At this rate, Gaius was very much of a mind to exercise his potestas and pack his brother off somewhere as Tribune whether he wanted it or not. Waiting for him to make his own mind up about a career had not seemed to produce any serious thought about any such thing and Gaius' patience was wearing thin.
He had given his brother until the end of the year, though if he had to live through another such dinner as this he might well curtail that time.
"I understand the savillum was made by a trainee cook. If it not up to your standards, I am sure that the cook in question could be set to cleaning the floors while they contemplate their choice of position in this house," he said, almost positive that it was the product of his brother's work.
"What of yourself, Ovinia Camilla? Do you prefer the country or life in Rome?"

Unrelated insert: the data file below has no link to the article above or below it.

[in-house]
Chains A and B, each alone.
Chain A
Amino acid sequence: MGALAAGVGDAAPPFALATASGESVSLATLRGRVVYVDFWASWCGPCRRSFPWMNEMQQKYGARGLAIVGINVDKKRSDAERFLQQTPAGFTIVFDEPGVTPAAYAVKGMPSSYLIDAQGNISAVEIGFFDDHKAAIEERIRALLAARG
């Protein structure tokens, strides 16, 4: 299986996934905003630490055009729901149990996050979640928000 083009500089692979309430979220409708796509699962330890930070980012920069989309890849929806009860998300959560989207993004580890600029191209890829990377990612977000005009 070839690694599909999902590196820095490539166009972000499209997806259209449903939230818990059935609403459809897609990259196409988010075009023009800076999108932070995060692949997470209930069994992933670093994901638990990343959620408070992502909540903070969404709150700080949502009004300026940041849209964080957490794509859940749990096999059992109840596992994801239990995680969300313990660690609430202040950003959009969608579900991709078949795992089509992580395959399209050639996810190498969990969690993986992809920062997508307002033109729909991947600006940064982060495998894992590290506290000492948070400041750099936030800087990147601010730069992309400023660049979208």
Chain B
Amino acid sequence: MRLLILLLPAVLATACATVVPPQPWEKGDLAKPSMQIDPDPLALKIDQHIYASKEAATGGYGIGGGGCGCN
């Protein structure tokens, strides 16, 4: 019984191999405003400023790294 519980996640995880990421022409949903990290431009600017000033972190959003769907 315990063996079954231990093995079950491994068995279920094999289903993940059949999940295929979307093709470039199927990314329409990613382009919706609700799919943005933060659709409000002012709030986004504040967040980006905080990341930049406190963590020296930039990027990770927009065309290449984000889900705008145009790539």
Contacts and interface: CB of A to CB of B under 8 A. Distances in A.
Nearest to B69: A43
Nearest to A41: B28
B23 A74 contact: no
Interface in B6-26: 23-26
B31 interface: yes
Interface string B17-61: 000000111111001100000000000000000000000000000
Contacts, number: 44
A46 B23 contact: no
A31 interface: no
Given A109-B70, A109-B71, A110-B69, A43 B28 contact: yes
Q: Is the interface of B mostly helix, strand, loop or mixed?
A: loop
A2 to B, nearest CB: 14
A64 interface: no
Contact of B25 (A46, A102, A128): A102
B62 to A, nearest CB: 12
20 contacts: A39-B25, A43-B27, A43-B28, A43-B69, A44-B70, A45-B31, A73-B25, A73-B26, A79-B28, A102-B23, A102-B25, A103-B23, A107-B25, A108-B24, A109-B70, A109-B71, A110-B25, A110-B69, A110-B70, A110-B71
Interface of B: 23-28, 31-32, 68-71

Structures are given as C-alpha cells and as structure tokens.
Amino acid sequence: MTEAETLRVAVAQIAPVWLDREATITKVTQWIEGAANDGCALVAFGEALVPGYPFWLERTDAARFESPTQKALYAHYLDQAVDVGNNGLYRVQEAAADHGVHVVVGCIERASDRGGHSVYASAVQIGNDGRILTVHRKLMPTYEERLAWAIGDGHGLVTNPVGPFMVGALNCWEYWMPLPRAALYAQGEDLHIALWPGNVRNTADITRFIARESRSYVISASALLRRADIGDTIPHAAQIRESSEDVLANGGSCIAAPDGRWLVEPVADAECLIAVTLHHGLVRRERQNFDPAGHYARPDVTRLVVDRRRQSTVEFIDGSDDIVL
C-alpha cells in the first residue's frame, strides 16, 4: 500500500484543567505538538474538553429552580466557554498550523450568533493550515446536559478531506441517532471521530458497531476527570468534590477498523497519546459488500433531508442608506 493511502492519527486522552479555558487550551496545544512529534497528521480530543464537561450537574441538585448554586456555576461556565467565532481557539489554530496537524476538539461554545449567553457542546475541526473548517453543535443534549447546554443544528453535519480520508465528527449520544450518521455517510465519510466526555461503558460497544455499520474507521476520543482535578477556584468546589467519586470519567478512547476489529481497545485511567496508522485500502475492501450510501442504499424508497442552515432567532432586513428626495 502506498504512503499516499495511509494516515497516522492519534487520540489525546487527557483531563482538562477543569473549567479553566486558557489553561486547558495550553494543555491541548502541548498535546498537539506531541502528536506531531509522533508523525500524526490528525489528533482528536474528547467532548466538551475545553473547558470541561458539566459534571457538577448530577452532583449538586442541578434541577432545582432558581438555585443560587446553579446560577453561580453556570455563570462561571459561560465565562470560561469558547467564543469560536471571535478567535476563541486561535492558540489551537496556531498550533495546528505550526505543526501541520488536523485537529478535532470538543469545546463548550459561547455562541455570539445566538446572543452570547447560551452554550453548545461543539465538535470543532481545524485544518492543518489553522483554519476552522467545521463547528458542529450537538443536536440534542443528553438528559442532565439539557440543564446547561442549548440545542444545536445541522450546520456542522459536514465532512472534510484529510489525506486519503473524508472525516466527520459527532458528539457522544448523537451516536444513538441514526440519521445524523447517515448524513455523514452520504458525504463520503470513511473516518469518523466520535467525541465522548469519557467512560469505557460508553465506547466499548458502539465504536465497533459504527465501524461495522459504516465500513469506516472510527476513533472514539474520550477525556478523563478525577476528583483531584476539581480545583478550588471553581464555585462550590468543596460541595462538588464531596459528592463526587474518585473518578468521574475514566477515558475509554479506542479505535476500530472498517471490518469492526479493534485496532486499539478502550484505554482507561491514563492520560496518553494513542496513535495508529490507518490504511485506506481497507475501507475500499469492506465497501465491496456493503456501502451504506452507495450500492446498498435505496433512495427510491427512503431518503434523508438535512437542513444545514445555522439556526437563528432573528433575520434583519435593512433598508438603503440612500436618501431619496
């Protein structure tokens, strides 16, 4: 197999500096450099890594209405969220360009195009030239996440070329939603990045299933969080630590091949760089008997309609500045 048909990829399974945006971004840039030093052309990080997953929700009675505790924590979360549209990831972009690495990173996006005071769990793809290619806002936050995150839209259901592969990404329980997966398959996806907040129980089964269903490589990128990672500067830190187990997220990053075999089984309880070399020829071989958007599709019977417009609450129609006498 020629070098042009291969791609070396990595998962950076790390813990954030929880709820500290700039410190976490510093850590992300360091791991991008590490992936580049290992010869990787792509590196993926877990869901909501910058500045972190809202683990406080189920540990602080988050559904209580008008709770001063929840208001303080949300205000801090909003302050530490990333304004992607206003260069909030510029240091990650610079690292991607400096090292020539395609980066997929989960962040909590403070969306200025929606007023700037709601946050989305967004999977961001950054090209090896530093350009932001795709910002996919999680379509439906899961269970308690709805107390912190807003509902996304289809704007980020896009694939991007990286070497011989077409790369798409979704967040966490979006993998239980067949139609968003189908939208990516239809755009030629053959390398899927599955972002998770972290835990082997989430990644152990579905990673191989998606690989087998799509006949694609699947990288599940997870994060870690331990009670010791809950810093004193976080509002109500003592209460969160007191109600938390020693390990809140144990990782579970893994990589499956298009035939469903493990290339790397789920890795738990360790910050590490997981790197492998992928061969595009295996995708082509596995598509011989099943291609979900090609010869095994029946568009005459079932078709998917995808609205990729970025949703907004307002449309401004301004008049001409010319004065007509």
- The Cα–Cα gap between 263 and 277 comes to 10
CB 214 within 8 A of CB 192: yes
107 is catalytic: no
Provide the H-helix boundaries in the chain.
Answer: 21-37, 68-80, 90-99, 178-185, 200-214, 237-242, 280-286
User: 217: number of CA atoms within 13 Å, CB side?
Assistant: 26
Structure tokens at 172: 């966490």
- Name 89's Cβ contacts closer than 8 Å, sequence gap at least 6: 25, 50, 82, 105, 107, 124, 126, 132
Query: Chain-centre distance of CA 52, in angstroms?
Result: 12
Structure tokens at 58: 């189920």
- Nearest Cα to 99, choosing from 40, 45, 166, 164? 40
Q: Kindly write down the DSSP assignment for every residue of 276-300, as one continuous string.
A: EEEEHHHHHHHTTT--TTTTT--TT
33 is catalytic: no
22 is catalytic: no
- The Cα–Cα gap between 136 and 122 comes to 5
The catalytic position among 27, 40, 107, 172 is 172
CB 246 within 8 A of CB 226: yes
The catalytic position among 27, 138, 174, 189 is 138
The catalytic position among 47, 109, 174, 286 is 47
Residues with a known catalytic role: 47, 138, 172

Early August, 76AD
Ovinia frowned, studying the inscriptions as she roamed the halls of the Mausoleum. Her father had chosen the venue for this meeting and had agonised over the location; he wanted somewhere formal enough that she didn't seem a silly young girl, but not stuffy. He wanted it to be in public so - despite her retinue of two slaves - no rumours of impropriety would follow her, but he didn't want somewhere crowded. Eventually he'd settled on the Mausoleum, and Ovinia had begrudgingly agreed and trekked (in her litter) halfway across the city to the venue.
She was fashionably early and the crowds of tourists and such from the morning had departed, leaving a handful of clustered families and acquaintances wandering the halls. She numbered among them, with her bodyslave and a male household slave following behind her a few paces back.